The Lib-Dems: a lesson in how to shoot yourself in both feet and the head at the same time

by Ray_North on December 5, 2011

As I sit at my computer poised to write about the Lib-Dems, I always find myself adopting a facial expression of ‘more in sympathy than in anger’ – well, not any more because the Lib-Dems are no longer worthy of sympathy.

Last week, three of their senior Parliamentarians said three things of staggering stupidity:
first, Nick Clegg repeated his assertion that it would take a lifetime before Labour could be trusted on the economy again; then, Danny Alexander, effectively signed the Lib-Dems up to two years, post election austerity; and third, Paddy Ashdown repeated the increasingly ludicrous claim that at the next general election the voters will thank the Lib-Dems for taking the ‘hard decisions’ (amazingly, he even cited the example of Thatcher and the 1983 general election in support of this argument, I mean, are the Lib-Dems now telling us that actually the Thatcher years were a ‘good thing!’)

So where do these three statements leave the Lib-Dems? Well, effectively, they are left going into the next general election as the party that has reneged on the promises it made at the last one, and has now declared that they are fully signed up to more austere economic Thatcherism; similarly, we know that there is no chance that they’ll coalesce with Labour, because, they think that Labour can’t be trusted on the economy – which at the next general election will be the single biggest issue. So, in a stroke the Lib-Dems have adroitly managed to alienate all those voters who would put themselves on the progressive left of political spectrum (and there are many of them), and who have voted Lib-Dem either tactically or on principle in the past.

At the same time, Captain Ashdown’s assertion that the voters will ‘thank’ them for their toughness could see them lose support from the right – I mean, if you think that the Osborne programme has been a success, then aren’t you pretty much going to say so by voting Tory? And aren’t you going to wary of voting Lib-Dem, just in case you let in the dreaded Labour Party with their awful profligate ways!

Sadly for the Lib-Dems then (there, I couldn’t help a smidgen of sympathy), they have managed to spectacularly alienate themselves from their supporters on the left and right and as such they will go into the general election reliant upon their absolute core support which will see them crushed.

They will have no one to blame but themselves.

{ 6 comments… read them below or add one }

George_East December 5, 2011 at 3:14 pm

I have to say that this highlights the strategic stupidity of the decision to go into coalition with the Tories that was obvious from the get go, particularly as the overwhelming majority of their seats are Tory/Lib Dem marginals.
As soon as they committed themselves to the Osborne austerity programme there became no reason to vote for them. If you are anti-Tory then there is no distinction (the Lib Dems are fully signed up to turbo-Thatcherism), if you are pro-Tory you may as well vote for the real thing. I suspect Clegg, Alexander and, sadly the increasingly deranged Captain ‘Keynesianism doesn’t work’ Ashdown will be deludedly telling themselves it was all in the interests of the country for the rest of their lives, as the Lib Dems are reduced to a parliamentary party that can fit comfortably in a People Carrier.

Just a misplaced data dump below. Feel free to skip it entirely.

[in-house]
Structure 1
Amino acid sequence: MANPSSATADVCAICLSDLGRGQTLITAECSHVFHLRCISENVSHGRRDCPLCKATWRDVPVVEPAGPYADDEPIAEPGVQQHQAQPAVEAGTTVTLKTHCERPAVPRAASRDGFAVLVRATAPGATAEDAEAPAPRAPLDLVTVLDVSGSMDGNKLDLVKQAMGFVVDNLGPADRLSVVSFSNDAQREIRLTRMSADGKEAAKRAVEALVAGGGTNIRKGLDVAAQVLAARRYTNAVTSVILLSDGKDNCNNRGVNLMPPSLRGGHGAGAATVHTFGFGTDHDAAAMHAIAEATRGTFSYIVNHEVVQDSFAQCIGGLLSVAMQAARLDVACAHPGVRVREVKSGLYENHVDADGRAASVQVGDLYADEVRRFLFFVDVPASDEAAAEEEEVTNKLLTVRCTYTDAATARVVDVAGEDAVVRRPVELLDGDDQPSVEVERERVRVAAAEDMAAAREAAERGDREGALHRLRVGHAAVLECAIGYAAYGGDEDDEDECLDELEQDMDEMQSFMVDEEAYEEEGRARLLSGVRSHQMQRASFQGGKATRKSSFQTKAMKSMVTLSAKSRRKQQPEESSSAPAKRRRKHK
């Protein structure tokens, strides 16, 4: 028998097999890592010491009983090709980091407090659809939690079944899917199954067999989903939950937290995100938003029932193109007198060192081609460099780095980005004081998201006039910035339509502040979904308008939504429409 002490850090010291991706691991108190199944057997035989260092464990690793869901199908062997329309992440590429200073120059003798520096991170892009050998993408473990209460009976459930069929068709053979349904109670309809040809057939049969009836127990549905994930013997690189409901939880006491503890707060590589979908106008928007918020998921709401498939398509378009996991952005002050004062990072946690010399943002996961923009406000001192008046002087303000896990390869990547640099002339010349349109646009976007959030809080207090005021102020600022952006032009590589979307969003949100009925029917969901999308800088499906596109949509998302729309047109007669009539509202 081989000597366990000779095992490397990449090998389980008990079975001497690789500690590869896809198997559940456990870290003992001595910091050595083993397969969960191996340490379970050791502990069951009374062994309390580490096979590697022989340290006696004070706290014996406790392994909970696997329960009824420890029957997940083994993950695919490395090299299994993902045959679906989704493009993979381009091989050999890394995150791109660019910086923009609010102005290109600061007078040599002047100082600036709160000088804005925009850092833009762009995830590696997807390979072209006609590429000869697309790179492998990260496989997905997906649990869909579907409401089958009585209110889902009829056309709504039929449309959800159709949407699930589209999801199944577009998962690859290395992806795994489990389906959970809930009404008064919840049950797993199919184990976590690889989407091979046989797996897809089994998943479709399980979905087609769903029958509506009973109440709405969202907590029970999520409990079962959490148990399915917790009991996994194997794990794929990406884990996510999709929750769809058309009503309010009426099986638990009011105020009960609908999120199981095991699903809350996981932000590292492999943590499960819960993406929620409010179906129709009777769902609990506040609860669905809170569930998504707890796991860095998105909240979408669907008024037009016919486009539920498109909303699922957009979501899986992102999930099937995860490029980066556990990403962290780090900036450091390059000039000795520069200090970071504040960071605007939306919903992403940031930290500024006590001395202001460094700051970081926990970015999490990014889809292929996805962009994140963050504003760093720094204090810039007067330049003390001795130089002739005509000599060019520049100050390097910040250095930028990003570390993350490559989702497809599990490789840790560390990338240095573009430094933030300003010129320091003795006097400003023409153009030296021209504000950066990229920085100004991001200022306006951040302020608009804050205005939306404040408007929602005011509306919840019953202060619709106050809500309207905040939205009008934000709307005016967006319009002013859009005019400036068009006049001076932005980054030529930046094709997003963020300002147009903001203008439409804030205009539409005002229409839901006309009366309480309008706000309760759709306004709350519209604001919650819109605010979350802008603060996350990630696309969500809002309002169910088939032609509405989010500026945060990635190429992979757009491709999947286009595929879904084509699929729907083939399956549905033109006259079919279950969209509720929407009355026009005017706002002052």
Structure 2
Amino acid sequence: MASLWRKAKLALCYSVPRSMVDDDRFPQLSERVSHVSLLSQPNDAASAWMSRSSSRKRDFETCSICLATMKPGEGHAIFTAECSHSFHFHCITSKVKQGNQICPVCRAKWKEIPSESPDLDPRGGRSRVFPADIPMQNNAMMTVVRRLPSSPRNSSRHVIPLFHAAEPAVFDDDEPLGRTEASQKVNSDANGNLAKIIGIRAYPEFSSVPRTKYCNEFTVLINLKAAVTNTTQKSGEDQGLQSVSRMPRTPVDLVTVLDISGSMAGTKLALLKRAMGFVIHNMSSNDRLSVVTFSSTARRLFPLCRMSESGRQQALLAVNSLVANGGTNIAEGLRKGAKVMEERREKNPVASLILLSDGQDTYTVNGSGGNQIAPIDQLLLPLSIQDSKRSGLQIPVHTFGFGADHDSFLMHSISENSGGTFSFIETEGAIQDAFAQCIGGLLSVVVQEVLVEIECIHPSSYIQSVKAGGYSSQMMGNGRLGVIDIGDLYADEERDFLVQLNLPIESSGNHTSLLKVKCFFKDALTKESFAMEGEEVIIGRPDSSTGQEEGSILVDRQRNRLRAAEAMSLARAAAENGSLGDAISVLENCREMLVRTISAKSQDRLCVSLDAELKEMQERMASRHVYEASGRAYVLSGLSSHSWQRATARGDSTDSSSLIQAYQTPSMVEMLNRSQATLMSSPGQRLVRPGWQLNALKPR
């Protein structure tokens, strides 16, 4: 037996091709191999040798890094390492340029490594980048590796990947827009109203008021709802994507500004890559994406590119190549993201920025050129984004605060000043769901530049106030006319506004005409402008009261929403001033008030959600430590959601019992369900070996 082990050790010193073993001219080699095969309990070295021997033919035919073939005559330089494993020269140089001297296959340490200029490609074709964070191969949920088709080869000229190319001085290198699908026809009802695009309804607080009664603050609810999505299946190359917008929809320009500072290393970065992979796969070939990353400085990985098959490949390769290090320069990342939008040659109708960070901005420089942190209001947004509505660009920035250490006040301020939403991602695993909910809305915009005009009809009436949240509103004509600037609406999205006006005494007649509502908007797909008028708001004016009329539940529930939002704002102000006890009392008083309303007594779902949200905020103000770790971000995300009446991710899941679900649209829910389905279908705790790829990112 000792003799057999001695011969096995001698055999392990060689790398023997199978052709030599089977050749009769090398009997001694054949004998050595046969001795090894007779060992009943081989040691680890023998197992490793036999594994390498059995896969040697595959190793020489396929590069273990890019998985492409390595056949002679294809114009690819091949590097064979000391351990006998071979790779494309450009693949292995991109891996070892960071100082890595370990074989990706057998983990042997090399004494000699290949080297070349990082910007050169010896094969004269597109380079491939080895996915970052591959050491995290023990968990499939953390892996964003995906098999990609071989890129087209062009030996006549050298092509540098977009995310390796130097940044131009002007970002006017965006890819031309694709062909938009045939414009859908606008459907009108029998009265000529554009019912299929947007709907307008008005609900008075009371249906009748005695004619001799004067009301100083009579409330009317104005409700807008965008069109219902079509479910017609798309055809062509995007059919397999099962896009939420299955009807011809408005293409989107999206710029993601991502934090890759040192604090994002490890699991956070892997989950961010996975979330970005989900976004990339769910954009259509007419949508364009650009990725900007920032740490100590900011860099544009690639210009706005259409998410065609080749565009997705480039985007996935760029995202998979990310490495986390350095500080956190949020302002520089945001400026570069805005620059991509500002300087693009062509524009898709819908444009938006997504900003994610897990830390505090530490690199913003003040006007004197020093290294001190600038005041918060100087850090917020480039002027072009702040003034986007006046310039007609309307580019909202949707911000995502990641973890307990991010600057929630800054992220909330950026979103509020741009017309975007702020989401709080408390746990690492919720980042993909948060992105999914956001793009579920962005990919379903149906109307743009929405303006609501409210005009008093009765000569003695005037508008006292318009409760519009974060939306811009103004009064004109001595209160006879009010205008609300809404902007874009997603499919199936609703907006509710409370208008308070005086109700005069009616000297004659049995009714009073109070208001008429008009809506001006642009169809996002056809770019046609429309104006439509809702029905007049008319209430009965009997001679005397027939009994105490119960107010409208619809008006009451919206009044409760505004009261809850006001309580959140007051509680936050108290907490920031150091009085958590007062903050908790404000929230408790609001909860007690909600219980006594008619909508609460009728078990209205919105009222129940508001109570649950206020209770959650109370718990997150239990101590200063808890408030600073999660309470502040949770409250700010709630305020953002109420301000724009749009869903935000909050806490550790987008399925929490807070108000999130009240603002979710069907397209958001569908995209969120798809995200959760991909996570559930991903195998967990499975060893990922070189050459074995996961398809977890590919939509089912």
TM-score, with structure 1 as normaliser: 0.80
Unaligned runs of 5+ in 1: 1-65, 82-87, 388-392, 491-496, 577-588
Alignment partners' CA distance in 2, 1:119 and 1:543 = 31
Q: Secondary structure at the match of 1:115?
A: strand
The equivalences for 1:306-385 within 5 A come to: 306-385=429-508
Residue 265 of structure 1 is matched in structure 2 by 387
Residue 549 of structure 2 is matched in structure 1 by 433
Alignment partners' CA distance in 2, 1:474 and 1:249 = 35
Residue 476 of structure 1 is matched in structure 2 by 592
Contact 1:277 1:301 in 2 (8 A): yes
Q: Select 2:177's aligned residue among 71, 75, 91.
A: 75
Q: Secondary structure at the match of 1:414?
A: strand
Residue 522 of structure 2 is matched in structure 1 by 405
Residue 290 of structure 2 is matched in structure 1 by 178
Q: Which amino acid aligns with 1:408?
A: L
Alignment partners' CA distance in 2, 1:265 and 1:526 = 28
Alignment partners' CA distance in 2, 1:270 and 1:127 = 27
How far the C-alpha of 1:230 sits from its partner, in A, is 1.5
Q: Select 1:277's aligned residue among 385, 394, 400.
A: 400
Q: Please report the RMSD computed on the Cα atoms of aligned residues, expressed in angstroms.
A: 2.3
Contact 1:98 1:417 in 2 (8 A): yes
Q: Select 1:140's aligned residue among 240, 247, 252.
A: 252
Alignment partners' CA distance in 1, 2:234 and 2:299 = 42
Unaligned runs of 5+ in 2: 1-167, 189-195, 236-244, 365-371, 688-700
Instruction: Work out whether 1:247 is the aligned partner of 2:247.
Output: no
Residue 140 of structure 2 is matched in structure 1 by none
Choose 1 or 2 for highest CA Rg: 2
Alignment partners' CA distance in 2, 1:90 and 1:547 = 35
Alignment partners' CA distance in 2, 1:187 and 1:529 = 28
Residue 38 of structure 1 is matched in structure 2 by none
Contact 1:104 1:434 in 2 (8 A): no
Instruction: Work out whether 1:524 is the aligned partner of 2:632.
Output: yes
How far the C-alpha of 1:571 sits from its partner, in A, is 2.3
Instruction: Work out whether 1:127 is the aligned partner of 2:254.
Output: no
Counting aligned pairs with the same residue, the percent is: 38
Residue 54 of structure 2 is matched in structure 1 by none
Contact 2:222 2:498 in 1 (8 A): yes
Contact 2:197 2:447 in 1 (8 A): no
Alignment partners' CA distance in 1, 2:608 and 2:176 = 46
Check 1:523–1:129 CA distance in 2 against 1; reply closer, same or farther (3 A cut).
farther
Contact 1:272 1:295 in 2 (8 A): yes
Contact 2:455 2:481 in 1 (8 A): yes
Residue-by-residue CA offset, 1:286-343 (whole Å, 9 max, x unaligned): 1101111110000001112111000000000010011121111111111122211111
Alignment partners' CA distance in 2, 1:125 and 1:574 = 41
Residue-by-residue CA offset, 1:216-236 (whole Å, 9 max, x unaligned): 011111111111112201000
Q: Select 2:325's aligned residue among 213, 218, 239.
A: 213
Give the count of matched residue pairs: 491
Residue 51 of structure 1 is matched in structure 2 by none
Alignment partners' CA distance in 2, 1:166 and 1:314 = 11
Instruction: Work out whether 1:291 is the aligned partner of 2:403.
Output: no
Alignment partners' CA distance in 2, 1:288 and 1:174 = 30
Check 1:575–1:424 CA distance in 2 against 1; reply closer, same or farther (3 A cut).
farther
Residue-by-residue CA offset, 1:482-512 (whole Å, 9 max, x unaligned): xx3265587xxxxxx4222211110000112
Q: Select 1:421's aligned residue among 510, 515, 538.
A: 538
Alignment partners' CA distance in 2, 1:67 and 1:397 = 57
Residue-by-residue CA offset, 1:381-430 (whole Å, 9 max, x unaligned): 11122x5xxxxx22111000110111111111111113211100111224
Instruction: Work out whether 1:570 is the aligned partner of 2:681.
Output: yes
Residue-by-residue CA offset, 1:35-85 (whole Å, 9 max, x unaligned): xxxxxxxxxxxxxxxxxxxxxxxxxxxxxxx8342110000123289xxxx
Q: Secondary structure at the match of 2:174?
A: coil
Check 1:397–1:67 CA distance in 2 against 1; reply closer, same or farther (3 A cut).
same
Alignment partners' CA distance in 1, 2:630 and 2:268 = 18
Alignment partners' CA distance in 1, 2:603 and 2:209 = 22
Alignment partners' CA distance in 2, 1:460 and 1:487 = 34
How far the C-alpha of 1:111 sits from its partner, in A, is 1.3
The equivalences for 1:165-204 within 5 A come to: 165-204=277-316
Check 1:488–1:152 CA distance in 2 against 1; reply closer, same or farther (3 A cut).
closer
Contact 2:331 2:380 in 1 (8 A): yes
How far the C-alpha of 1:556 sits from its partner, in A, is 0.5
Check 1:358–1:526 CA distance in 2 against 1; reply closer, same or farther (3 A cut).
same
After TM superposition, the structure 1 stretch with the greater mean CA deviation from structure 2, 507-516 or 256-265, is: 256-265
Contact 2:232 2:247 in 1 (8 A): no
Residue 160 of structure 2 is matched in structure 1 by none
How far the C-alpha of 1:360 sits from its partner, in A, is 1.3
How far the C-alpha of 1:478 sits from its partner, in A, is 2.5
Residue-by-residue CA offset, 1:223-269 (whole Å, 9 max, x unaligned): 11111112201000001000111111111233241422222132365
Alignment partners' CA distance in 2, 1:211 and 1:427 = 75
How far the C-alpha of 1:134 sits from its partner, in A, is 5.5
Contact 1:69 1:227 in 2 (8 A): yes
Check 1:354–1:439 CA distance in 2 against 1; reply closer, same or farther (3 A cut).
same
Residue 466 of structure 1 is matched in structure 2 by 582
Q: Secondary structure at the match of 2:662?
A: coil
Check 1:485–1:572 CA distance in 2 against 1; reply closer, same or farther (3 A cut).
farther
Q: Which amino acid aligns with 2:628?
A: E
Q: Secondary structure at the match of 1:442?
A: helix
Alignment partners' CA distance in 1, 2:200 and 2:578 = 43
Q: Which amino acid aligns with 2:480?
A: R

Reply

George_East December 5, 2011 at 3:32 pm

Oh and Brad Delong has this take on it. He is right but it will never happen. They are locked in all the way now.

http://delong.typepad.com/sdj/2011/12/british-austerity-the-past-weighs-like-a-nightmare-on-the-brains-of-cameron-and-osborne-blogging.html

Reply

Jackie South December 5, 2011 at 5:37 pm

I am constantly shocked by how united the Lib Dems remain: they can see the iceberg ahead but continue to shout full-steam ahead in unison in the hope that it might melt or something before they get there.

Few seem to be even whispering that a change of course is needed and fewer still seem to be advocating jumping in the lifeboat of a breakaway social democrat Lib Dem party ready to promote the pre-general election platform and at least contemplate a deal with Labour in the future.

A seriously weird bunch!

Reply

Eddie Kaye December 6, 2011 at 9:43 am

They are learning the lesson that you can say what you want as the second party in opposition, but not as the junior party in coalition. The alternative vote argument was purely to cement themselves as the latter after future elections, and the electorate rejected that. In their defense, they are the junior partner at the end of the day. However, they seem to have become an over-vocal sleeping partner in the coalition – just waking up every so often to defend themselves rather than challenging policies that they should be idealogically opposed to. I think they will return after the next election to the pre-Jeremy Thorpe days, maybe a dozen MPs if they are lucky – they have alienated their core support and served only to prop up a governement passing more and more illiberal policies daily.

True to the article, they have shot themselves in the foot. Political suicide.

Reply

Charlie East-West December 9, 2011 at 11:16 am

Nick Clegg fully endorsed Cameron’s Eurozone veto. This is the ultimate Lib Dem U-turn. Clegg has abandoned the most consistent Lib Dem policy of all – backing European integration come what may. Shame on you Nick Clegg. You are one of them now.

Reply

George_East December 9, 2011 at 11:46 am

Charlie – is there anything at all left to distinguish the Clegg Lib Dems from the Tories? I am still astounded as to how a party with such a long and distinctive tradition has been willing to abandon absolutely every core principle in order to get to sit on the government benches, with a barely a murmer of dissent.

Reply

Leave a Comment

{ 1 trackback }

Previous post:

Next post: